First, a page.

As content producers we are always on the outlook of devices that improves our production value, either by time, processes or handling. For our video productions we use a Canon XL 1s, one of the most used professional cameras around. We are pretty happy with this camera, and it always amazes us how many people ask us info about the camera when we walk around on congresses.
Although our Canon certainly looks impressive, sometimes you want to go a bit more ‘guerilla’ shooting (not to confuse with secretely recording of people without their knowledge, which is a big NoNo). Hence I started looking around for a small and handy device that could suit these needs.
Since we want to expirement with High Definition too, the camera should meet the following requirements:
- Small (so no tape)
- High Def, at least 720p
- External mike
- Mac-compatible, plug and play
- Cool looking (hey, we’re gadget freaks…)
We found the solution of most of the above requirements in the Sanyo Xacti HD1000. With the ability to record in 1080i we thought it would be a bargain for €600.
There are many reviews found on the internet, so I’m not going to repeat these. I will only describe a few of our own findings:
First of all, it certainly looks cool, especially if you attach a wireless mike receiver on top (check two requirements). It records on a Flash and with 8 GB you can record about 1 hours and 20 minutes HD material. Be sure to buy a high performance SD card.
Secondly, the quality is relatively good. I read on the blogosphere that some users experienced bad quality, but with good lighting it’s OK. Having said that, I do realize that the small size and low price is a trade-off to the more expensive cameras which no doubt have a better quality. And AVCHD is not the best quality codec.
Working with the Mac is another topic. In the first instance I thought everything would be fine, since one of their demo movies could be found in a .Mac gallery (check here). Not so.
When I attached the camera to my Mac nothing happened in iMovie or Final Cut. When I dragged the files from the SD card (recorded 1080i) on the desktop, all I saw was a green picture. Turned out that first I had to install an extra Quicktime plug-in (mp4vEncoder). OK, now at least I could see something. Unfortunately however, my Mac (not the cheapest MacBook Pro, 1 year old) couldn’t handle the 1080i. When I switched to 720, all seems fine.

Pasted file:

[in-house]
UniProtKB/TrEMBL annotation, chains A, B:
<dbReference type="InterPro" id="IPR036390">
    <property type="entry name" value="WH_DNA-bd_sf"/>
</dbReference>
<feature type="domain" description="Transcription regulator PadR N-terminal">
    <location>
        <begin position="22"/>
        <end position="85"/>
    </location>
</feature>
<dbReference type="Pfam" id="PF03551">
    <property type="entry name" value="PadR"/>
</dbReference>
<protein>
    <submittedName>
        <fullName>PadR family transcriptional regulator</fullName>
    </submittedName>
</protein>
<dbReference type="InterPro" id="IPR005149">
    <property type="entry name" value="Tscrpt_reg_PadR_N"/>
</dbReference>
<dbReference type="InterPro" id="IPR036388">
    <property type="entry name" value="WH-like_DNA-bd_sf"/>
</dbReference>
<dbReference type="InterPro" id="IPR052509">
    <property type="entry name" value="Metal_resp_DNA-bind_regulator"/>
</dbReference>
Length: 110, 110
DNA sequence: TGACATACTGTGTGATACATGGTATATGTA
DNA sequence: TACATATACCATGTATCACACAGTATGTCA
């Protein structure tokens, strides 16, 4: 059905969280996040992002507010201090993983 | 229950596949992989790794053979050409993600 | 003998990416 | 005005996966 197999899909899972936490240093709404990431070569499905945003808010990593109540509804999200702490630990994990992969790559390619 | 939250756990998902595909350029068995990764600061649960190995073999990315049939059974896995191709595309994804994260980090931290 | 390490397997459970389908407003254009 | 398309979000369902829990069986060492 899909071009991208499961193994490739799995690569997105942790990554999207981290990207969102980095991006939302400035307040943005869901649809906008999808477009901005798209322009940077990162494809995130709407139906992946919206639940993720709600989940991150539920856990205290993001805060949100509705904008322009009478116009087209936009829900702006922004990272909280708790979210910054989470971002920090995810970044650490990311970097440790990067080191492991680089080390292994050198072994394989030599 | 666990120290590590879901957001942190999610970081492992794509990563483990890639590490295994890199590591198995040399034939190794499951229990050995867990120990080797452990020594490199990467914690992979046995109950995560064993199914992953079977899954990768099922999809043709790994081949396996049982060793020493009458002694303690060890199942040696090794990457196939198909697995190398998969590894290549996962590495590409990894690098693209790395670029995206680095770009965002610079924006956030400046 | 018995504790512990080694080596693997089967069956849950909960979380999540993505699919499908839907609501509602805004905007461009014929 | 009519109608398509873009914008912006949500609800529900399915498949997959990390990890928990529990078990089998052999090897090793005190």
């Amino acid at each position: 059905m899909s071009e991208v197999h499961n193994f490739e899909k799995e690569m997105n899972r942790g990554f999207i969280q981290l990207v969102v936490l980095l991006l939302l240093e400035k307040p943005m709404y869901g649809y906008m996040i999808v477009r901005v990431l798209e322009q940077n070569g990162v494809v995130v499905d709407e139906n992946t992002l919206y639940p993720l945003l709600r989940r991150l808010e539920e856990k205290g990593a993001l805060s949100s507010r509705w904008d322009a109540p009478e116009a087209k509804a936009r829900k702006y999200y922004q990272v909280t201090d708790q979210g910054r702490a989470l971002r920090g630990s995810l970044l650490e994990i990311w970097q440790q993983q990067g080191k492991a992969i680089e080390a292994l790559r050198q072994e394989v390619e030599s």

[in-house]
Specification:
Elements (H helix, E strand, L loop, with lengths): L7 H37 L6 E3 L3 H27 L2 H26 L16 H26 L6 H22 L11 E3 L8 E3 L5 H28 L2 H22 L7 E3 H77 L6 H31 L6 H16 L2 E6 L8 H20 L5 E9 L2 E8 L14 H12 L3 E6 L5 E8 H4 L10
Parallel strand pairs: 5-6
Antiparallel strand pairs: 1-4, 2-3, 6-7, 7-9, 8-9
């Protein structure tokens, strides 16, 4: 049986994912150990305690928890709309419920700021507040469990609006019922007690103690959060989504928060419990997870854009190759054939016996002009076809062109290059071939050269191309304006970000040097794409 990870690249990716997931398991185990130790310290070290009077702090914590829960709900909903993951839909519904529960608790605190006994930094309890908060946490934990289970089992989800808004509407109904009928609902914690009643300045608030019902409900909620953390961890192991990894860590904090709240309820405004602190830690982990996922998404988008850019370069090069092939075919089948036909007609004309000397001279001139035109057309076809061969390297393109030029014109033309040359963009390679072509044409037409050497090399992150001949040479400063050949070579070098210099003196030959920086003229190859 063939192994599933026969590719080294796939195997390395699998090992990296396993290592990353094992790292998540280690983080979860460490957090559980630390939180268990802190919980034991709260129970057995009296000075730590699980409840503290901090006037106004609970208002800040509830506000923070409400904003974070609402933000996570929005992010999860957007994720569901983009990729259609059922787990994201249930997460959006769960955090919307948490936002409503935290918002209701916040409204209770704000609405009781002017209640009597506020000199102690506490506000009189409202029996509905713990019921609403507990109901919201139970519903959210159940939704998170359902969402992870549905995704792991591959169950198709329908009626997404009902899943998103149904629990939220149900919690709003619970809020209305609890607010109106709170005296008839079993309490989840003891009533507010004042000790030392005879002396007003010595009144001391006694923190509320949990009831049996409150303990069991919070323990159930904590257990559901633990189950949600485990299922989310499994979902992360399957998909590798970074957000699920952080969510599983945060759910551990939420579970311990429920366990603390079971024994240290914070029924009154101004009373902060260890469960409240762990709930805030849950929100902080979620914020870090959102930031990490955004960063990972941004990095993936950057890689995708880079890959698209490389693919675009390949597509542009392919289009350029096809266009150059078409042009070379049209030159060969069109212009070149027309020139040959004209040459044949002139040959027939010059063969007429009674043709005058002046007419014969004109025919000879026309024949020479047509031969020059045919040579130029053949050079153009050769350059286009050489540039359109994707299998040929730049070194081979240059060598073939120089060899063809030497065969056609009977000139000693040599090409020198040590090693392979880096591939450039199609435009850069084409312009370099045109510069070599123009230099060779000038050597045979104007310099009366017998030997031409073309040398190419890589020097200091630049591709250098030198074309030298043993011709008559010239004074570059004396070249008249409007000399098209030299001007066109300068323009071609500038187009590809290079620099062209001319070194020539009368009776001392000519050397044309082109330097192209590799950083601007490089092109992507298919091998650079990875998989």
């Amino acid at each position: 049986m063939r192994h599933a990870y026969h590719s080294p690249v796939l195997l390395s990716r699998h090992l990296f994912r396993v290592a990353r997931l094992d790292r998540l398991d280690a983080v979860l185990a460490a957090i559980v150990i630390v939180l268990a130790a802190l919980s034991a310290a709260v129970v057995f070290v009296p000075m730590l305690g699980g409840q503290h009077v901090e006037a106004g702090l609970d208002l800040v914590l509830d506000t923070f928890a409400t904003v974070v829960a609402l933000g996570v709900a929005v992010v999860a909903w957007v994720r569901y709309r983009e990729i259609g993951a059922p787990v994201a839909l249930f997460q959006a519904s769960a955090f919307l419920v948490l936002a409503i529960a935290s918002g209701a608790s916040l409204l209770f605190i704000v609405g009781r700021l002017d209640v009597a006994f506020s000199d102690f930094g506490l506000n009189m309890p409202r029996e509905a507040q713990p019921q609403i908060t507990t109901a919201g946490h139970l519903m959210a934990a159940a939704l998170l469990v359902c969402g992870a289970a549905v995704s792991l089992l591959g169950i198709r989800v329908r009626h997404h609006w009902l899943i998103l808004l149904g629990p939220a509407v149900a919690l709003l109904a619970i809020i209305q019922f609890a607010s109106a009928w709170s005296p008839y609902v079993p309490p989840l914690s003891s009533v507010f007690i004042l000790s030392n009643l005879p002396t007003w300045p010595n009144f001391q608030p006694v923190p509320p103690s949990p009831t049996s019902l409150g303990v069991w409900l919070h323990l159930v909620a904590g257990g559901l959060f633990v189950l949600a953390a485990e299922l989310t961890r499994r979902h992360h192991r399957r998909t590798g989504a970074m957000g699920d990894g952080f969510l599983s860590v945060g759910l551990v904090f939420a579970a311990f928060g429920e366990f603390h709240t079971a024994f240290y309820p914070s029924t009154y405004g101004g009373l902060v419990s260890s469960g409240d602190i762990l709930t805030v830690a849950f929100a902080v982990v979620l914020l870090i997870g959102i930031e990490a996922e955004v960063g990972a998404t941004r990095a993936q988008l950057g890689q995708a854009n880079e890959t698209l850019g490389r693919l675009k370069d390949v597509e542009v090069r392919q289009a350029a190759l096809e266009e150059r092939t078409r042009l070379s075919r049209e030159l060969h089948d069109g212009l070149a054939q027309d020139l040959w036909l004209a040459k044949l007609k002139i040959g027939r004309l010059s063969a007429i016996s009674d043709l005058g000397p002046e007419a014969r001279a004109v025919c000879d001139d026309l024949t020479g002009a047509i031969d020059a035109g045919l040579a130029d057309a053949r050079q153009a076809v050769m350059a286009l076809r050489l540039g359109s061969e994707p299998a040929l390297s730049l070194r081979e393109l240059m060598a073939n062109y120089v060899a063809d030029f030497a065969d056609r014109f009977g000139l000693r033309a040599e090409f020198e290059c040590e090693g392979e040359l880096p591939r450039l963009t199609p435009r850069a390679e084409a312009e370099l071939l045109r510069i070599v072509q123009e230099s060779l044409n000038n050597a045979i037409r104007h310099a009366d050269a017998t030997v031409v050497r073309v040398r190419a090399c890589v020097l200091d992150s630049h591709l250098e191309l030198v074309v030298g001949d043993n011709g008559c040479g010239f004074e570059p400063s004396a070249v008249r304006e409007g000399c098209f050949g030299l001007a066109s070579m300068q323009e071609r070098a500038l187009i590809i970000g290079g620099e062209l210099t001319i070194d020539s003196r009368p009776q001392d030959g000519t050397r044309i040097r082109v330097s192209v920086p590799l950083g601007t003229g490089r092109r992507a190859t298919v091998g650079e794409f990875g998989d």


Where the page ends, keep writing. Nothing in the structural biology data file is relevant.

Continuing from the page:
Now, there are two settings in the 720 mode: 30 fps and 60 fps. When you use 60 fps and import via de import fucntion in iMovie, you get only half the time of the clip. Funny, if you copy the files from the SD card to the desktop and then import it in iMovie, it seems fine. The combination 30 fps and 720 seems to work. Strange.
In FCP you need to import manually, since the Log and Transfer does not recognize the camera.
To have the best result I recommend to use a ProRes setting in FCP and export in with at least 30 fps. You then avoid the ‘shivering’ image when doing a pan, something AVCHD is notorious for. That leaves all iMovie and Final Cut Express users in the cold, since they can not set the timeline in ProRes.
Overall I can say that, once we know what to do we are pretty happy with our new toy. It’s light, handy and you can even extend the lenses with fish-eye or tele (there’s even a scubadive case). We have done a fast and dirty comparison of the image quality with our Canon, and the first results are definitely in favor of the Sanyo. We will do some barebone testing later.
Now we are in dubio for our next camera: HD or SD (keeping in mind that most of our work is for the web, 640×360 max). Any ideas?